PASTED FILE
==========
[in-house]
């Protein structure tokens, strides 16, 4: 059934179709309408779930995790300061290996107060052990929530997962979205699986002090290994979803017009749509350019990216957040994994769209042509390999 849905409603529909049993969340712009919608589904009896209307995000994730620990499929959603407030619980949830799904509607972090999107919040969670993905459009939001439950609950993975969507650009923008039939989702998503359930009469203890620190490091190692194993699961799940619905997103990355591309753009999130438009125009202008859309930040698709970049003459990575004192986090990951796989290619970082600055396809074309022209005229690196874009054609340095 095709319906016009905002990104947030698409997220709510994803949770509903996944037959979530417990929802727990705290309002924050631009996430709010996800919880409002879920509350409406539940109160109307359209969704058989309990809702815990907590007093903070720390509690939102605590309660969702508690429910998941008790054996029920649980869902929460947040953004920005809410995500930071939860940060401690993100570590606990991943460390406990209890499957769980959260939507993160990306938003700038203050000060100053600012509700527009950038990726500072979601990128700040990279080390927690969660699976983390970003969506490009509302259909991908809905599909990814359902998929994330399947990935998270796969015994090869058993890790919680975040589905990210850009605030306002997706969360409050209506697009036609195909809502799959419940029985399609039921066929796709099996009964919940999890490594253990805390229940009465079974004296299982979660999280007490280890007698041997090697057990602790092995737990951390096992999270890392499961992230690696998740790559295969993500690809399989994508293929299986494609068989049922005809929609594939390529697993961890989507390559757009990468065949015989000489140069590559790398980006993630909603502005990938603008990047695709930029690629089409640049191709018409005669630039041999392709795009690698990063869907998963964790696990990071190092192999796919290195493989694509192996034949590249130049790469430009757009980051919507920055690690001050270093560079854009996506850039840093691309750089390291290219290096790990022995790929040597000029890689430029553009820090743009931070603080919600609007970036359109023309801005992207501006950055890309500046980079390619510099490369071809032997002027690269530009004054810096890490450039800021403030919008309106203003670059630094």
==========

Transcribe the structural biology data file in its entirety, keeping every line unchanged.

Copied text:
[in-house]
């Protein structure tokens, strides 16, 4: 059934179709309408779930995790300061290996107060052990929530997962979205699986002090290994979803017009749509350019990216957040994994769209042509390999 849905409603529909049993969340712009919608589904009896209307995000994730620990499929959603407030619980949830799904509607972090999107919040969670993905459009939001439950609950993975969507650009923008039939989702998503359930009469203890620190490091190692194993699961799940619905997103990355591309753009999130438009125009202008859309930040698709970049003459990575004192986090990951796989290619970082600055396809074309022209005229690196874009054609340095 095709319906016009905002990104947030698409997220709510994803949770509903996944037959979530417990929802727990705290309002924050631009996430709010996800919880409002879920509350409406539940109160109307359209969704058989309990809702815990907590007093903070720390509690939102605590309660969702508690429910998941008790054996029920649980869902929460947040953004920005809410995500930071939860940060401690993100570590606990991943460390406990209890499957769980959260939507993160990306938003700038203050000060100053600012509700527009950038990726500072979601990128700040990279080390927690969660699976983390970003969506490009509302259909991908809905599909990814359902998929994330399947990935998270796969015994090869058993890790919680975040589905990210850009605030306002997706969360409050209506697009036609195909809502799959419940029985399609039921066929796709099996009964919940999890490594253990805390229940009465079974004296299982979660999280007490280890007698041997090697057990602790092995737990951390096992999270890392499961992230690696998740790559295969993500690809399989994508293929299986494609068989049922005809929609594939390529697993961890989507390559757009990468065949015989000489140069590559790398980006993630909603502005990938603008990047695709930029690629089409640049191709018409005669630039041999392709795009690698990063869907998963964790696990990071190092192999796919290195493989694509192996034949590249130049790469430009757009980051919507920055690690001050270093560079854009996506850039840093691309750089390291290219290096790990022995790929040597000029890689430029553009820090743009931070603080919600609007970036359109023309801005992207501006950055890309500046980079390619510099490369071809032997002027690269530009004054810096890490450039800021403030919008309106203003670059630094």